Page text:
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bubble tap

noun a small fountain which ejects a jet of water into the drinker's mouth. Compare bubbler, drinking fountain, drinking tap, drink tap, fountain, water fountain.

Contributor's comments: I grew up in Melbourne. In the 1950s the drinking fountains at schools were called just "tap", not "bubble tap." When I moved to Sydney in the 1970s, my daughter called them "bubblers."

Contributor's comments: Growing up at Yanakie in South Gippsland and going to Yanakie Primary School in the late 1970's I knew the school drinking fountains as bubble taps.

Contributor's comments: I have lived in most parts of Victoria and they have always been refered to as bubble taps as far as I know

Contributor's comments: Bubble taps were what we used when I was at Primary in Bendigo in the 50's.
bubbler

noun a small fountain which ejects a jet of water into the drinker's mouth: *All you had to do was turn the tap and bend your pursed lips to the bubbler. --CLIVE JAMES, 1980. Compare bubble tap, drinking fountain, drinking tap, drink tap, fountain, water fountain.

Contributor's comments: Bubbler is not a sth. Qld word. Qld uses "Fountain". Bubbler is a NSW term.

Contributor's comments: Most locals seem to use this in Melbourne too, I think. Sometimes I'm not sure how much my words are affected by my Mum's growing up in the Hunter Valley and East Coast Tassie.

Contributor's comments: The word bubbler is occasionally used for drinking fountain in SA.

Contributor's comments: In NW Tasmania in the 1960s, we drank from drinking fountains, and I had never heard of a bubbler until I moved to Canberra in the 1970s.

Contributor's comments: I have lived in Brisbane all my life and ALL the students used "Bubblers" for water fountains. As do my parents, born and raised in Brisbane. It is obviously not just a NSW word as stated by a previous contributor.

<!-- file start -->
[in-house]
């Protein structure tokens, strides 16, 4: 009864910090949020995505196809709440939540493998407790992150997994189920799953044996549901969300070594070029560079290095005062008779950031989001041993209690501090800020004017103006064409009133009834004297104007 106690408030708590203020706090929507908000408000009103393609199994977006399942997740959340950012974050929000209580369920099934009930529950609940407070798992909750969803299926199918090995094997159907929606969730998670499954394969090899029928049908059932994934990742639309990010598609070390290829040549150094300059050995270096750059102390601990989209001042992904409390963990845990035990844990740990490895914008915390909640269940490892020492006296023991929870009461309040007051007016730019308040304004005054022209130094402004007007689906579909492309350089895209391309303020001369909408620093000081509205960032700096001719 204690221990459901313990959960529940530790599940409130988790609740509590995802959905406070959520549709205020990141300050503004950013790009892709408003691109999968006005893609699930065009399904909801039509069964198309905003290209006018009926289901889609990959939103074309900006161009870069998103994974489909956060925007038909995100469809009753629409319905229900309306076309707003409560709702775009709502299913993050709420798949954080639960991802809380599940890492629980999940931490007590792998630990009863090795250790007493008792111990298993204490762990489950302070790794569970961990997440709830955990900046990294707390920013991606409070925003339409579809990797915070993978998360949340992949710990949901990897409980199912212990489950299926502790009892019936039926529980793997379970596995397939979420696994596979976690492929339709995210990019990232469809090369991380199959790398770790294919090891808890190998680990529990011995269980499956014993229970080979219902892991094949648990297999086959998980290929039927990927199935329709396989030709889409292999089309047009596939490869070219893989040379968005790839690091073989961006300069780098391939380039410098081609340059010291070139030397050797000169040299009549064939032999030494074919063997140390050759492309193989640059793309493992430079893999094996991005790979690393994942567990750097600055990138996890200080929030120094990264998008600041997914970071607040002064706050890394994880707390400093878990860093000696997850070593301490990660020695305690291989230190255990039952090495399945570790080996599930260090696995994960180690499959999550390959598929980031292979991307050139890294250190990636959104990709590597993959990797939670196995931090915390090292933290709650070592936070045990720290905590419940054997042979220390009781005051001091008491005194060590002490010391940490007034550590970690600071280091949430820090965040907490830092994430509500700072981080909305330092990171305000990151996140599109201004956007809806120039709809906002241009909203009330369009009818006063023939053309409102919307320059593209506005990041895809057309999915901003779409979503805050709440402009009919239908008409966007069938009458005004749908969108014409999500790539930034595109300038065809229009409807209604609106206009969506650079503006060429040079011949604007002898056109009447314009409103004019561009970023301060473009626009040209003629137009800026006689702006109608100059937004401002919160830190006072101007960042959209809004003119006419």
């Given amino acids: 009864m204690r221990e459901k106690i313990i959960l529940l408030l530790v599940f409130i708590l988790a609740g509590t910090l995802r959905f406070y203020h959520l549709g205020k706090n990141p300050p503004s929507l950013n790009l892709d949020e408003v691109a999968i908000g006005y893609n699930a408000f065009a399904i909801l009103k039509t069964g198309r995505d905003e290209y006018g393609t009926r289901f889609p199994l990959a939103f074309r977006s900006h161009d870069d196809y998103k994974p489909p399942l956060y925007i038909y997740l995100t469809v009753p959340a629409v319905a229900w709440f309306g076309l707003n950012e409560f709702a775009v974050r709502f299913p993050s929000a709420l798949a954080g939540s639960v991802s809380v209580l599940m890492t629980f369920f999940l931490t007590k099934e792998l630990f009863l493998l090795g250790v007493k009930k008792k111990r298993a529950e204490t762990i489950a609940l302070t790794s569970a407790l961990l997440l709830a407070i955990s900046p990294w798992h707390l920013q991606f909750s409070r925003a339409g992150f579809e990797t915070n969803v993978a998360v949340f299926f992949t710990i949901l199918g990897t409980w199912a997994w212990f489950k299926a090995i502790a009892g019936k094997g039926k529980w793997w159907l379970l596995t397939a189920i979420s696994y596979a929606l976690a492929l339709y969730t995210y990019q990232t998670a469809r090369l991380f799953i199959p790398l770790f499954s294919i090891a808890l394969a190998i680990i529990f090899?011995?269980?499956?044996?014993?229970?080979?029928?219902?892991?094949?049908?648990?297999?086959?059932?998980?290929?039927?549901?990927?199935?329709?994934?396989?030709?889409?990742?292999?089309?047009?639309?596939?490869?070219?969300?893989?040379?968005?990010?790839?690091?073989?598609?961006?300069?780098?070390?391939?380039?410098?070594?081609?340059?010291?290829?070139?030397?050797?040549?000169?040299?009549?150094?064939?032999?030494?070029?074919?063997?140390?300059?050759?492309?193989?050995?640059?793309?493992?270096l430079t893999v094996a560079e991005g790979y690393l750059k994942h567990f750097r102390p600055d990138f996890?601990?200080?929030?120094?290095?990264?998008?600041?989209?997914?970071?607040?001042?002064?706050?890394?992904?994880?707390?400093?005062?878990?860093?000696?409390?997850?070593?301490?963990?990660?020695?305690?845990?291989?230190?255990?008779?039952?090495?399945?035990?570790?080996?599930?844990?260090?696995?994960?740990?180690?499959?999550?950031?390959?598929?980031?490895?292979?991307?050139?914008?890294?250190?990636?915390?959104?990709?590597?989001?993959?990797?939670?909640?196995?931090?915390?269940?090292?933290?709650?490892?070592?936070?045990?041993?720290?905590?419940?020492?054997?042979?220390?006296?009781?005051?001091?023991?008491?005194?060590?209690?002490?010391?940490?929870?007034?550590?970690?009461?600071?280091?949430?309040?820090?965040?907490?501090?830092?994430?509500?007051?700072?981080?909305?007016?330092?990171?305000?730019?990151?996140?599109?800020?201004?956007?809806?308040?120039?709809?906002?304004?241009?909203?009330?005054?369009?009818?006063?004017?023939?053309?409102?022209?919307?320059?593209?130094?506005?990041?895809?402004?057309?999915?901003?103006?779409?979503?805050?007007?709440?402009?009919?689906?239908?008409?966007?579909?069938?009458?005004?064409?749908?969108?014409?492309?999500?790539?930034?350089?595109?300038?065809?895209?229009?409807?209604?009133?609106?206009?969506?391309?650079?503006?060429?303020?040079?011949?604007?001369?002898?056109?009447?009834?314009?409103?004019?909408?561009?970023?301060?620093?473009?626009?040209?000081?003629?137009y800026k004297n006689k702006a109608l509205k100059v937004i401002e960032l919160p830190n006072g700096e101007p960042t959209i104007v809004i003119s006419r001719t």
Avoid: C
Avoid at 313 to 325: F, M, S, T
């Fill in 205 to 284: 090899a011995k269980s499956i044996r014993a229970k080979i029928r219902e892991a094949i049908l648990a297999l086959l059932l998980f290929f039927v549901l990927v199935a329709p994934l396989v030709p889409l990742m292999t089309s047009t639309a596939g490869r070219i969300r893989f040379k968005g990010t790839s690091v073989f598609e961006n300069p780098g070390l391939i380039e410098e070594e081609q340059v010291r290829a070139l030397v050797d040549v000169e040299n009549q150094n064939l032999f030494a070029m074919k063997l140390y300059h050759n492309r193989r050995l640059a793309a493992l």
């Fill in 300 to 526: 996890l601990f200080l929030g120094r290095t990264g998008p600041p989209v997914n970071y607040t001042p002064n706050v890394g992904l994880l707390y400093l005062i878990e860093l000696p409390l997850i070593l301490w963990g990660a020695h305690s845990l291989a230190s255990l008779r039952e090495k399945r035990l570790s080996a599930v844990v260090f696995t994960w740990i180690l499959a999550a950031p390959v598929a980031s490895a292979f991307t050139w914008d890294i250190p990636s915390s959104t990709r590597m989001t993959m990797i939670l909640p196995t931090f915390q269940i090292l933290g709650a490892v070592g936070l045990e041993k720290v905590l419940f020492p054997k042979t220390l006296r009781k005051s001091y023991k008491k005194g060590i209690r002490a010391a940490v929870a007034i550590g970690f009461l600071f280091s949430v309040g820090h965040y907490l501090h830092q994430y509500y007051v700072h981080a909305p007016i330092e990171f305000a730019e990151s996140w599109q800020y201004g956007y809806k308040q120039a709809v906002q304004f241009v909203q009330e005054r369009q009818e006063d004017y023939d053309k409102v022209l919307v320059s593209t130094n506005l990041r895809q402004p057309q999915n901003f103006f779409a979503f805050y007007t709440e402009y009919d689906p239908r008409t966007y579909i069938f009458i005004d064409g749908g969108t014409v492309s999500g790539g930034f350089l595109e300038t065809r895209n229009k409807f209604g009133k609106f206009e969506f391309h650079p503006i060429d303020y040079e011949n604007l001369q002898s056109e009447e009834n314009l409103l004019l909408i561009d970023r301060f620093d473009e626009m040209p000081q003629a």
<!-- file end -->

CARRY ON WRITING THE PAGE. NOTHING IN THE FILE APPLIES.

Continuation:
Contributor's comments: In Melbourne where I grew up, we always called them a tap, rather than fountain or bubbler. Bubbler is a NSW term.

Contributor's comments: [Brisbane informant] A certain type of water-fountain is called a bubbler... the ones they have in primary schools with the tap part you turn.

Contributor's comments: At school in the 80's it was always a bubbler. It's still called that in Sydney schools.

Contributor's comments: I grew up in Melbourne and was used to the terms "drinking taps" or simply "the taps", particularly in school contexts. (I am a teacher) The term "bubblers" is used in the SE Qld town where I now live and teach.

Contributor's comments: [Riverina informant] Aren't they always called bubblers and should always be used as a necessary architectural addition to any building much beter than the ubiquitous bottle of water?

Contributor's comments: [Brisbane informant] I have lived in central NSW, Sydney (North, East and West), Brisbane (north) and Sunshine Coast and have never heard it called anything else but a 'bubbler' - I always thought that was the correct name for it... not that it was slang.

Contributor's comments: When I was a kid at primary school in the south west Riverina we always called the drinking fountains bubblers. I don't remember this word being used at High School in the mallee though.

Contributor's comments: I am from NSW and grew up using "bubbler". When I arrived in WA and went off to my new school using the same term, the locals thought I must have been using some extremely babyish terminology! They had never heard of the "bubbler" for drinking fountain and thought it was a very silly term!

Contributor's comments: I grew up in Newcastle but now live in Canberra which is a city of very mixed regional origins amongst the population, unlike the Hunter area. The word "bubbler" was always the standard word at school and even as an adult, however from a quick survey of the workplace, I found that the word was only known to Newcastle and Sydney people, with local Canberrans, Victorians and South Australians having not heard of the word before.